To curb prescription drug abuse, the Davis Police Department (DPD) and Drug Enforcement Administration (DEA) have collaboratively held pill collection events to encourage the public to dispose their unused, unwanted and expired prescription medication.
A collection event, also know as the Take Back Initiative, took place on April 27. This is the sixth year the DPD has participated.
“During the span of those four hours that we did the event, we collected 315 pounds of unused, unwanted or expired medication,” said Lt. Glenn Glasgow.
Unused prescription medications are a public safety issue because they can lead to poisonings, accidental overdoses and in some cases, abuse of the narcotics, Glasgow said.
Additionally, a survey done in 2011 by the Substance Abuse and Mental Health Services Administration found that more than 70 percent of prescription medication abusers got the medication from friends or relatives.
“This is a way of removing the opportunity for people who may have an addiction to these pills, [it is a way] to get [the pills] out of the house and to hopefully start the treatment process,” Glasgow said.
Participation in the Take Back Initiative is done on a voluntary basis by individual police departments all over the country. According to Glasgow, there were 211 collection sites in Northern California and the Central Valley this year. The DPD holds two collections a year — one in the spring and one in the fall. The disposal of the pills is done through incineration, in accordance with federal and state environmental guidelines.
“We view it not only as a community service to assist people in discarding their unused, unwanted and expired medication properly because it could pose a threat to the environment if they are discarded improperly. We also view it as a way of hoping to avoid people being able to access prescription medication that was not prescribed to them,” Glasgow said.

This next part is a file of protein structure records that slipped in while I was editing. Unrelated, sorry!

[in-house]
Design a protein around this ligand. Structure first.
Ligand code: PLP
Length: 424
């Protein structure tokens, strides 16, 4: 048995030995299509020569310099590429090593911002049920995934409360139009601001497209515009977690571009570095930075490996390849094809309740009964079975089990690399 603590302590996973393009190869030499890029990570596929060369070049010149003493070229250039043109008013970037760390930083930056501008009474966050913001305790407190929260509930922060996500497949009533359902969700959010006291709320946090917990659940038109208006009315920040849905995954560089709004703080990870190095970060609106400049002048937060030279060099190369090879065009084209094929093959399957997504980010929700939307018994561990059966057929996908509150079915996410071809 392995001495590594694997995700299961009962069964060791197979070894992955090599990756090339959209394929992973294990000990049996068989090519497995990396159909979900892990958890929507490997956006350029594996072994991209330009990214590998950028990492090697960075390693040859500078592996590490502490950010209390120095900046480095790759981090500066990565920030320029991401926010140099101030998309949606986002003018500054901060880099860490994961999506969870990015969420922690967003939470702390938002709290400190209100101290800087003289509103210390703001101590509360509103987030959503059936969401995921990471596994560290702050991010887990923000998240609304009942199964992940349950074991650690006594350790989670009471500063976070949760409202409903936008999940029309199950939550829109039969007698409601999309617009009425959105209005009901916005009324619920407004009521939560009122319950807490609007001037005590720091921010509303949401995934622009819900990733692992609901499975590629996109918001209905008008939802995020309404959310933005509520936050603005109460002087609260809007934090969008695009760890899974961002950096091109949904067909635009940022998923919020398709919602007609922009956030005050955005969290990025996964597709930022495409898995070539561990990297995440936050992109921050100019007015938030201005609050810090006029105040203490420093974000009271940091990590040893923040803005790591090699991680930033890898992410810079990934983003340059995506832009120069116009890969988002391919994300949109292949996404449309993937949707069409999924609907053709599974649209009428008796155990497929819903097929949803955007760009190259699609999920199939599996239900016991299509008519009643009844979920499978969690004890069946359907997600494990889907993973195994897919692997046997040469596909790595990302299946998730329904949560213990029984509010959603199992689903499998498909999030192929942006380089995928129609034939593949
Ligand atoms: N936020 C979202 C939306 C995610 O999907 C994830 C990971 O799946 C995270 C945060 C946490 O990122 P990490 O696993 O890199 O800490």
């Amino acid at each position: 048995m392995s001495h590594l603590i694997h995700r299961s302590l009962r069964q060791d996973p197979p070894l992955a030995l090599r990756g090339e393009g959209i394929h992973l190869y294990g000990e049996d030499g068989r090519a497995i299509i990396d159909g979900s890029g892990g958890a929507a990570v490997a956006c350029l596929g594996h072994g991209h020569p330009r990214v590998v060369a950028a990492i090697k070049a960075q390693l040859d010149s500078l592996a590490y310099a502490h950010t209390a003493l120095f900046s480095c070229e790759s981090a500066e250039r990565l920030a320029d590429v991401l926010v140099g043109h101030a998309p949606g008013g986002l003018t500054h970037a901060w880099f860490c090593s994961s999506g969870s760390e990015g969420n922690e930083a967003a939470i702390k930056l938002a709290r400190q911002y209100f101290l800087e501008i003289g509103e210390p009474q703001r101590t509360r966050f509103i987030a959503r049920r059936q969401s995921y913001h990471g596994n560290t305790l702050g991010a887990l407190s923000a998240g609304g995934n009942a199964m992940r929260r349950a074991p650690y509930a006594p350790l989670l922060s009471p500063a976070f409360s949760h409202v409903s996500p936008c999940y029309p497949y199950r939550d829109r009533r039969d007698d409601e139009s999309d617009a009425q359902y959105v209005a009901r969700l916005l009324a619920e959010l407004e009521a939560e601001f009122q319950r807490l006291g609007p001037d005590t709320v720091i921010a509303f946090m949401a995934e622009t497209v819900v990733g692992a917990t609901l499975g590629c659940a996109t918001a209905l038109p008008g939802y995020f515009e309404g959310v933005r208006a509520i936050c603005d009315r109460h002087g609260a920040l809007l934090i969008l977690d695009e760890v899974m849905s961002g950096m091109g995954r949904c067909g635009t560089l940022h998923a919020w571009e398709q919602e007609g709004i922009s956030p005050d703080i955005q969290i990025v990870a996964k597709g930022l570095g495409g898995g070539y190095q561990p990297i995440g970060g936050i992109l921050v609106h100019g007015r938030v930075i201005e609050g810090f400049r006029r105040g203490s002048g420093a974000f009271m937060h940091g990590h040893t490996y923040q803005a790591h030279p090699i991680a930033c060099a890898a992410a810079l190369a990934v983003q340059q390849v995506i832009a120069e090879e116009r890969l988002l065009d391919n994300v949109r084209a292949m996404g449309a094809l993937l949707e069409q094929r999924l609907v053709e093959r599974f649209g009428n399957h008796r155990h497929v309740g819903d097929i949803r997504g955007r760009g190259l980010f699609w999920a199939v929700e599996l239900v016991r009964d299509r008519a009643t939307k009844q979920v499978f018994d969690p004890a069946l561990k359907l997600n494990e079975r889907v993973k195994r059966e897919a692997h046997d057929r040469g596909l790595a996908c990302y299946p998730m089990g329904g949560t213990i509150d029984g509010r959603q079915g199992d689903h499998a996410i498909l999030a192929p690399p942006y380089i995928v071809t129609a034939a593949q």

Glasgow said that preventing abuse is particularly important because taking prescription medication without the prescription from a doctor can be potentially lethal.
“The biggest risk for harm with regard to expired medications or medications around the house that aren’t being used is that they will be accidentally ingested by children,” said Dr. Tom Ferguson, medical director and physician at UC Davis Student Health and Counseling Services. “Medications that control blood pressure in adults can kill a child from heart blocks.”
According to Ferguson, the abuse of prescription narcotics and ADHD medicine is quickly becoming a leading cause of death in young adults in the United States.
“People ingest opiates recreationally or become addicted to opiates, and there is a fine line between abusing for recreation and stopping your heart or stopping breathing,” Ferguson said.
Second-year economics and communication double major Michelle Wolff said that whenever her family has prescription drugs left over, they remain in the house. Wolff said that she would use the service of prescription pill collection for medication that she knew she would never need again.
Wolff does not agree with selling or allowing others to use unused prescription drugs.
“I would never go to do [prescription drugs] to get high or to try it. I think people that use [prescription drugs] like Adderall to study when you don’t need it — in a way, I think it’s cheating,” Wolff said.
According to a DEA public information officer, Special Agent Casey Rettig, twice as many Americans regularly abused prescription drugs in 2011 than the number of those who regularly used cocaine, hallucinogens, heroin and inhalants combined.
“We encourage all of our law enforcement partners to participate in this outstanding community event by hosting a collection site,” Rettig said in an email interview. “The goal of the program is to allow citizens of Northern California to deliver all of their unused, unwanted or expired medications to law enforcement officials who can, in turn, dispose of these controlled substances in a safe, secure and non-hazardous manner, potentially saving lives and protecting the ecosystem.”
SYDNEY COHEN can be reached at firstname.lastname@example.org.